Will the Miami Heat be able to bounce back and make another run for the NBA Finals in 2024?

The Denver Nuggets officially sealed a win in the NBA Finals with a 94-89 win over the Heat in Ball Arena. Forward Jimmy Butler led the Heat with 21 points in 41 minutes played in Game 5, while center Bam Adebayo added 20 points and 12 rebounds in 44 minutes.

“Those last three or four minutes felt like a scene out of a movie,” Heat coach Erik Spoelstra said, via the Associated Press. “Two teams in the center of the ring throwing haymaker after haymaker, and it's not necessarily shot making. It's the efforts.”

The Heat will have nine players who at least have the option of returning to Miami for the 2023-24 season, according to Spotrac. Guard Victor Oladipo is listed with a player option, while forward Haywood Highsmith has a non-guaranteed contract. Forward Kevin Love, guard Gabe Vincent and center Cody Zeller make up some of the team's unrestricted free agents.

The Heat hold the No. 18 pick in the 2023 NBA Draft. They could try to add depth to the one, the four or the five should they choose not to bring back a few of their key free agents.

Who are some players the Miami Heat should look out for with the No. 18 pick in the 2023 NBA Draft?

Nick Smith Jr.

The Heat may need to find a backup option at the point guard if Vincent went to another team.

Guard Kyle Lowry, who Miami brought in through a sign-and-trade in 2021, played in 55 games and started in 44 for the Heat last season. He earned averages of 11.2 points, 4.1 rebounds and 5.1 assists per game while hitting 40.4% of his shot attempts and 34.5% of his tries from the 3-point line. He will become an unrestricted free agent in 2024.

Guard Nick Smith Jr., a 6-foot-5-inch guard from Arkansas, could be a decent long-term option for the Heat if he were to fall to them at No. 18. He averaged 12.5 points, 1.6 rebounds and 1.7 assists per game in 17 games and 14 starts for the Razorbacks last season.

Smith went over what he felt he could bring to an NBA team after working out with the Washington Wizards earlier this month.

“I feel like I bring everything to a team, whatever the coach needs me to do,” Smith said, via Yahoo! Sports. “My point guard abilities, I feel like I didn't get a chance to show a lot in my college year; my scoring ability. Being able to play defense and make different reads, just little stuff like that.”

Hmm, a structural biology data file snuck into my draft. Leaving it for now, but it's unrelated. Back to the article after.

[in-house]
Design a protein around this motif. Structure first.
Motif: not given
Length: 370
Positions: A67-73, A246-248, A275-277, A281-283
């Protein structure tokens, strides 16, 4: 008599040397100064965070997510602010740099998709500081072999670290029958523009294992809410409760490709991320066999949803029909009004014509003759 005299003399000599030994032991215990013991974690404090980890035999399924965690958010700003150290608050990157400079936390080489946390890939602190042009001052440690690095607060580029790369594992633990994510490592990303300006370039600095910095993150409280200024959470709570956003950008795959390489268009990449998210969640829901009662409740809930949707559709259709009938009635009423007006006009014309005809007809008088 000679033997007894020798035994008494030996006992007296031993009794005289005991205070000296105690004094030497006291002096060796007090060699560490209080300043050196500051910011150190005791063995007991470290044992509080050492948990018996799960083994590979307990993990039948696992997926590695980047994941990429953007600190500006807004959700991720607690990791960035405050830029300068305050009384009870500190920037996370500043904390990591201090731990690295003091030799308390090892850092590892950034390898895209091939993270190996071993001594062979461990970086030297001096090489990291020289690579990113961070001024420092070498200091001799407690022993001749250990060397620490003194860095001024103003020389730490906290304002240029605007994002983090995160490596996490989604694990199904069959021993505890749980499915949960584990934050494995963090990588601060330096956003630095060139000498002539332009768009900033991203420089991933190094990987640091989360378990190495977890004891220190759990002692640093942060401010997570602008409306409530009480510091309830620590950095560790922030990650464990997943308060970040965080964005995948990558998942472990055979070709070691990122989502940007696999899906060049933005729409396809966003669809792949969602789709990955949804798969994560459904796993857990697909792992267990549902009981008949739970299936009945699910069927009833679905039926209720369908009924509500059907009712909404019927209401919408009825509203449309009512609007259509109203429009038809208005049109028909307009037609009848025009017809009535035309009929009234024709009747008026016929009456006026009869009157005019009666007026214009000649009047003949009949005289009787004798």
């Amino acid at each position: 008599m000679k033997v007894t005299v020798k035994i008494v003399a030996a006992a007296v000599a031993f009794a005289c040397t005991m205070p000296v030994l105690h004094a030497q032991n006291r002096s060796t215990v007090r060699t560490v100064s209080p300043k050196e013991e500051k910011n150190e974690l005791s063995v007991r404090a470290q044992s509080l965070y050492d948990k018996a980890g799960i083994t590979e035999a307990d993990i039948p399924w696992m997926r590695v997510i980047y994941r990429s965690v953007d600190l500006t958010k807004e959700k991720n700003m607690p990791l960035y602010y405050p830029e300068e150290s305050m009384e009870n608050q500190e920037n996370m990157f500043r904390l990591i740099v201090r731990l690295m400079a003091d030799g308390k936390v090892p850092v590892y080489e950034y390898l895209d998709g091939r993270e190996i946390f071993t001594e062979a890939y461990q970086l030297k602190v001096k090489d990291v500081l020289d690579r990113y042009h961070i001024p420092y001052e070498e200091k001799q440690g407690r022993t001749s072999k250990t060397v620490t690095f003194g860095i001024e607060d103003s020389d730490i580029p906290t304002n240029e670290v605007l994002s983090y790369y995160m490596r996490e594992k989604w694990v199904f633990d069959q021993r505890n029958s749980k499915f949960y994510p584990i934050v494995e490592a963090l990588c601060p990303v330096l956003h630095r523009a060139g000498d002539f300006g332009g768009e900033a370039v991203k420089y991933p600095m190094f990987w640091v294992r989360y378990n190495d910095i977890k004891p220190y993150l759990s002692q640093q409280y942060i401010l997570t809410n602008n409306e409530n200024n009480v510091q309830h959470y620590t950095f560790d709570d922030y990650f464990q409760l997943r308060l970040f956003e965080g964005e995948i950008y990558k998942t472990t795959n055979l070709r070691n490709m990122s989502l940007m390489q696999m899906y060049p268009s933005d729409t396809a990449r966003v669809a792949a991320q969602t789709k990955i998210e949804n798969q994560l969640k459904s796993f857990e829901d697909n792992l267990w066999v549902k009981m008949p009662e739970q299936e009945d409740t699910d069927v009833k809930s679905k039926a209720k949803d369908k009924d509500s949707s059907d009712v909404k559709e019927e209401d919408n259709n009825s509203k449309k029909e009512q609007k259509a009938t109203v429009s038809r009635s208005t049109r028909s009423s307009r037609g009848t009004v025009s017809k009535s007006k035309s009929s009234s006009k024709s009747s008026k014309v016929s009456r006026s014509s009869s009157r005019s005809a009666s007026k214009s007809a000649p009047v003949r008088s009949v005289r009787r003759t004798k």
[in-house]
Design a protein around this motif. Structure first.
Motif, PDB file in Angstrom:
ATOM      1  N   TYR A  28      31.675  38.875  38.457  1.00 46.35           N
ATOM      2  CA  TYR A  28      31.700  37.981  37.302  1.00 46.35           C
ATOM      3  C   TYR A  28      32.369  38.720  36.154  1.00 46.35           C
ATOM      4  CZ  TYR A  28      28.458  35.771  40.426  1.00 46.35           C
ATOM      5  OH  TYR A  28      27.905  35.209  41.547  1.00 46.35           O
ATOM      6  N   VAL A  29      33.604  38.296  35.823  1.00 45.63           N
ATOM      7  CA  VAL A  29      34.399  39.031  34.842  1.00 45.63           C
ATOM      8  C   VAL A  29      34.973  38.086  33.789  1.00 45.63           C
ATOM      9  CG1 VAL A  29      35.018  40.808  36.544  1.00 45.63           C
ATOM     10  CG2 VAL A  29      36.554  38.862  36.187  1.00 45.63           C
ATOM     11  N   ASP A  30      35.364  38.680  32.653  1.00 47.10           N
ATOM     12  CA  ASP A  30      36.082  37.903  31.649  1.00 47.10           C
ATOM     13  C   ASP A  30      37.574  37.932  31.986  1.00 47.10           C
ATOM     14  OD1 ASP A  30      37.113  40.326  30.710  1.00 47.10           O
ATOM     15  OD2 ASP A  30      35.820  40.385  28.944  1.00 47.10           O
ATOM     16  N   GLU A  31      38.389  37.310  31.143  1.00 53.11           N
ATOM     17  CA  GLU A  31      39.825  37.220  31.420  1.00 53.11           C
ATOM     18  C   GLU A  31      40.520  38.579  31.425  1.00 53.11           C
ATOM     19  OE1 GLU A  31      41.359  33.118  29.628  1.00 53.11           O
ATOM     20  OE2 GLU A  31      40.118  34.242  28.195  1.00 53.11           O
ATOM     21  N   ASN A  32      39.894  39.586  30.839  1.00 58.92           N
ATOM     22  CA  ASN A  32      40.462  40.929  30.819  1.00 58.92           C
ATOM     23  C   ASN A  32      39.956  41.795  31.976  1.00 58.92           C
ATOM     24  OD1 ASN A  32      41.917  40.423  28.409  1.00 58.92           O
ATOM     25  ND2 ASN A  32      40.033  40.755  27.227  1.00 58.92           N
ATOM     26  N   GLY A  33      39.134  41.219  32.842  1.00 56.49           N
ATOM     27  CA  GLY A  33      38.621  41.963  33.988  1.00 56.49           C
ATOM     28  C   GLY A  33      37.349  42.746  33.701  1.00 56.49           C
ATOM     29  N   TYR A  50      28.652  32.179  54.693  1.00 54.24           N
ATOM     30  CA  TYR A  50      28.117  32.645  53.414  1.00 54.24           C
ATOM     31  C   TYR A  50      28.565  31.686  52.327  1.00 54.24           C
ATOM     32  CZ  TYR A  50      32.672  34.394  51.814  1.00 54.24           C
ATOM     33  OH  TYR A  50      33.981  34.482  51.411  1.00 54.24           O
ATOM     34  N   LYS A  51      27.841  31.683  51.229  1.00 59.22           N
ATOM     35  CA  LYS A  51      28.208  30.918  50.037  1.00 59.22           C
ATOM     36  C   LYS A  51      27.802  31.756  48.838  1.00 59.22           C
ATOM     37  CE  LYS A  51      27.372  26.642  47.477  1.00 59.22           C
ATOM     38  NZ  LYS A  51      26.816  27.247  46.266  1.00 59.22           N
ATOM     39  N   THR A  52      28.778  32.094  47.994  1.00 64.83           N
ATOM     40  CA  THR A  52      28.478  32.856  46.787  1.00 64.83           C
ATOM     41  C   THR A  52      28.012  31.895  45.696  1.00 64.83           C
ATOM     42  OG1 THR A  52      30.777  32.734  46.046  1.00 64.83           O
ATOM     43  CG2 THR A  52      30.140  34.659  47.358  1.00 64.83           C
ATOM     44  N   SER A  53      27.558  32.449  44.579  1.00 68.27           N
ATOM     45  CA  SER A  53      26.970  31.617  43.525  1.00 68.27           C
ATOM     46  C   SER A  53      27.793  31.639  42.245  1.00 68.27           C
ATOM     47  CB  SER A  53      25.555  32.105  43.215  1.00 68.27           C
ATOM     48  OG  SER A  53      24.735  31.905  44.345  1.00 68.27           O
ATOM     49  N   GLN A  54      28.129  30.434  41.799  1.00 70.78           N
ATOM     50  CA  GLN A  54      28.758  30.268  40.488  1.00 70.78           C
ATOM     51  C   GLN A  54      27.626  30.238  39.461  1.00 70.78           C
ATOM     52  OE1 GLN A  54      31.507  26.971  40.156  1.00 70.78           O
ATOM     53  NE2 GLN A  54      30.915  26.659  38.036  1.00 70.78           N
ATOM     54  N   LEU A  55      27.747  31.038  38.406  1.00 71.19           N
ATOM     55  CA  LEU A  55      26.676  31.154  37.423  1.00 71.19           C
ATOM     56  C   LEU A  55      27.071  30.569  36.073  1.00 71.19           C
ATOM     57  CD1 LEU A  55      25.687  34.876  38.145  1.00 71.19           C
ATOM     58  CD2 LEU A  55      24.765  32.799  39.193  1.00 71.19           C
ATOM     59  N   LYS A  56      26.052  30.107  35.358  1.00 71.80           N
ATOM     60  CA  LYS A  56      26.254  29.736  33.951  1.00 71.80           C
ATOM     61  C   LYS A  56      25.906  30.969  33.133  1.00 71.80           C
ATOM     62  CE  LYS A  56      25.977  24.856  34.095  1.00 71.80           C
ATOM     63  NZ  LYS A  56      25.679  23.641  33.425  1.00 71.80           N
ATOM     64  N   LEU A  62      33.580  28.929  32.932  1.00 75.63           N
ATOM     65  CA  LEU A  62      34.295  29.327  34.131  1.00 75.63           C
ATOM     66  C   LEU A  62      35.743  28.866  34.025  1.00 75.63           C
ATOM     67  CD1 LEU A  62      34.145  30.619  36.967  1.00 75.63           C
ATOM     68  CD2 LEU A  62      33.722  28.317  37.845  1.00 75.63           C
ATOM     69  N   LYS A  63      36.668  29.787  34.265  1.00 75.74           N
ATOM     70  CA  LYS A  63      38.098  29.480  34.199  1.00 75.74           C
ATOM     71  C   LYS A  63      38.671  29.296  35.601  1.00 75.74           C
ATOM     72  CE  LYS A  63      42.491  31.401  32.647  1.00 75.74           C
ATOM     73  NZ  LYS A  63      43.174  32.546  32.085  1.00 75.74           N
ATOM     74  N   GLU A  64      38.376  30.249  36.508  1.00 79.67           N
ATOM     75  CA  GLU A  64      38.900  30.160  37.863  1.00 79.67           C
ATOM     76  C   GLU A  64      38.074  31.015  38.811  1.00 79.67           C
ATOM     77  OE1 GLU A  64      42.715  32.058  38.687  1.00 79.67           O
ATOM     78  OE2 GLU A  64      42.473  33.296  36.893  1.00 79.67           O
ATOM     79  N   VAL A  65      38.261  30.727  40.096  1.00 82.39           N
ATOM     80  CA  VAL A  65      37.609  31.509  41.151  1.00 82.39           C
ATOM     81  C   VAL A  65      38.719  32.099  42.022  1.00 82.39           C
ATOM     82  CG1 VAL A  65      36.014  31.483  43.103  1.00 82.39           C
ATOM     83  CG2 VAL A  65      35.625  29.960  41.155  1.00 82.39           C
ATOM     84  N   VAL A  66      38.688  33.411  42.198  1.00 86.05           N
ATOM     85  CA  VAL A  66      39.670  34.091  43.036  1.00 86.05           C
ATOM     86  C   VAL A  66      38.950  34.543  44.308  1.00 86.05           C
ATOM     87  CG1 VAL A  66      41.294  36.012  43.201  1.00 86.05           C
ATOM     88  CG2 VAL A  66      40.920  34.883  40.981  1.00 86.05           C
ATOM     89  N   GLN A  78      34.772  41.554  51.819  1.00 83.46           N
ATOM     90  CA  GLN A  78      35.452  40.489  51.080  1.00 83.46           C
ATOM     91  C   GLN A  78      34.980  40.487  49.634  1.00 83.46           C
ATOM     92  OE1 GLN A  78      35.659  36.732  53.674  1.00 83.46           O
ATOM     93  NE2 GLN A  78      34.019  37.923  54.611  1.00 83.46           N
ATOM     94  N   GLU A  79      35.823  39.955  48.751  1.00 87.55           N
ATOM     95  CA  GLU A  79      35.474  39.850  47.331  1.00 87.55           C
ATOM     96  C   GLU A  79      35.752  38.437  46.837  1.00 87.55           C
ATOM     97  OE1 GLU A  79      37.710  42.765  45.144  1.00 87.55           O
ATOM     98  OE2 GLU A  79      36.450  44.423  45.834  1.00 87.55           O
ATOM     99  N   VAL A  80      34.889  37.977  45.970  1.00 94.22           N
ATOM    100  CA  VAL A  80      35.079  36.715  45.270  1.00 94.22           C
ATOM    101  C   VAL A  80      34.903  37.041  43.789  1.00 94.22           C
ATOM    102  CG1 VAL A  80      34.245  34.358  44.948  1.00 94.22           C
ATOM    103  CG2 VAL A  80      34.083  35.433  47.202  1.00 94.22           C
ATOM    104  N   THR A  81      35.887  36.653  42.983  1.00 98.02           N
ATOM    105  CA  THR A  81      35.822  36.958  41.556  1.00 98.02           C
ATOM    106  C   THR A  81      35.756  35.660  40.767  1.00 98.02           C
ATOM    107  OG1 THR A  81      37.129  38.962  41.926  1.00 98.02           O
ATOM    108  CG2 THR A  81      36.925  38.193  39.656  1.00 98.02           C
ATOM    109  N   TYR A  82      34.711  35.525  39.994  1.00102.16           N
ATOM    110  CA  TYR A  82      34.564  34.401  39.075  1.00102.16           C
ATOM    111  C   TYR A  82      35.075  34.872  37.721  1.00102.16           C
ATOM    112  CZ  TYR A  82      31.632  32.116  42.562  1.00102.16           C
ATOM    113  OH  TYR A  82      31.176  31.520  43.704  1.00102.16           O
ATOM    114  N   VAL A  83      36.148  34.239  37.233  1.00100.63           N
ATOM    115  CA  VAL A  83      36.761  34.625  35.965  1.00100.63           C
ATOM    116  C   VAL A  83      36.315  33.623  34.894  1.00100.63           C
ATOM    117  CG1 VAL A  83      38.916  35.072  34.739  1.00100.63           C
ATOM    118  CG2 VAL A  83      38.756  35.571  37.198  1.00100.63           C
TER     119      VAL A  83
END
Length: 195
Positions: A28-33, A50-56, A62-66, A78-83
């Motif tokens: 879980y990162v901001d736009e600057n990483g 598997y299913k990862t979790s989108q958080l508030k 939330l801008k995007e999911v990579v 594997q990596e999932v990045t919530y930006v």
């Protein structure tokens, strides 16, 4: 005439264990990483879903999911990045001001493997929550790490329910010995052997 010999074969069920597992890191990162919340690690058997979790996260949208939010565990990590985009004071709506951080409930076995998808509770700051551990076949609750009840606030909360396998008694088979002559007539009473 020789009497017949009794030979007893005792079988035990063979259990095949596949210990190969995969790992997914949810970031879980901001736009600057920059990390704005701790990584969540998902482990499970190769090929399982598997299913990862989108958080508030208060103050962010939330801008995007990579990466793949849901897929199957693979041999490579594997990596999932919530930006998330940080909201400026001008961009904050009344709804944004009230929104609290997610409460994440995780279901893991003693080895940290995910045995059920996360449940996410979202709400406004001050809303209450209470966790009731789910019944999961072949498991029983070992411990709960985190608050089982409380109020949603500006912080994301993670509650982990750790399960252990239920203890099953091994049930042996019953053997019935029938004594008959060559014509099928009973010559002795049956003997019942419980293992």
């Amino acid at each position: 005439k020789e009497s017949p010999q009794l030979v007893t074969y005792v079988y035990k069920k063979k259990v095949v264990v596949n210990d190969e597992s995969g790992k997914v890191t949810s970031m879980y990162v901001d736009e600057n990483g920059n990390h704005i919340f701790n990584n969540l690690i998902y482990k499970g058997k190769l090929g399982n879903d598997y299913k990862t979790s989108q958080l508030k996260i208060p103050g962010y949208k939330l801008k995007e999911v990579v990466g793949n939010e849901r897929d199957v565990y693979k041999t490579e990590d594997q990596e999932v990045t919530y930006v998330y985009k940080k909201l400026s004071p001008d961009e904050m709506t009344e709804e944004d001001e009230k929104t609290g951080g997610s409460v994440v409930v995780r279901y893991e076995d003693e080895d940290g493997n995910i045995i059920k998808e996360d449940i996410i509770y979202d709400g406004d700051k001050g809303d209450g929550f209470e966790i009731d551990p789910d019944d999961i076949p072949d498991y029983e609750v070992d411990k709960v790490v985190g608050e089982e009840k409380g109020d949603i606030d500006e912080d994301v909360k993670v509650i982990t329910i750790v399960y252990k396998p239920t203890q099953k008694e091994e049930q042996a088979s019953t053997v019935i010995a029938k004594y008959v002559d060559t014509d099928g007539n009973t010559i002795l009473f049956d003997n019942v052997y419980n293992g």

Leonard Miller

If any team can take a chance on a high-ceiling NBA prospect, it's the Miami Heat.

The Heat played seven undrafted players during the NBA playoffs, according to the Miami Herald. Adebayo, who averaged 21.8 points and 12.4 rebounds over the course of the Finals, was drafted with the No. 14 pick in the 2017 NBA Draft.

Forward Leonard Miller, a 19-year-old forward from G League Ignite, will need time and patience before becoming a more significant part of Miami's roster. But the 6-foot-10-inch forward already has experience playing against high-level talent, a point he went over during a one-on-one interview with the Indiana Pacers.

“Going to the G League helped me prepare so much because of the feel of the game, the pace,” Miller said, via the Pacers. “It's the same rules as the NBA. It's really the same format. We're going up against grown men. The competition is like no other. Everybody's just trying to go out and compete. It's always a battle every night out there.

“It prepared me so much because I've grown so much as a player, on and off the court. On the court, I know where I need to be to really be successful. My game is just more solid. I feel really comfortable out there.”

Kris Murray

No team can ever have too much versatility.

The Heat must add more versatile forwards should Kevin Love not return to the roster. Murray, a 6-foot-8-inch forward out of Iowa, showed off his versatility as his stats were boosted to an average of 20.2 points and 7.9 rebounds per outing during his third year at Iowa.

The native of Cedar Rapids, Iowa, took pride in his versatility during a May interview at the NBA Draft Combine.

“I think shooting is something you can't compete with, being just a great shot maker and being able to space the floor is really key in the NBA,” Murray said, via Hawkeyes Wire. “And, I think just being versatile, I feel like that's something I've always been my whole entire life. Especially these last few years, I've been a versatile defender, versatile offensively. Just play multiple positions, guard multiple positions.

“I think that that's something I can definitely take to the next level.”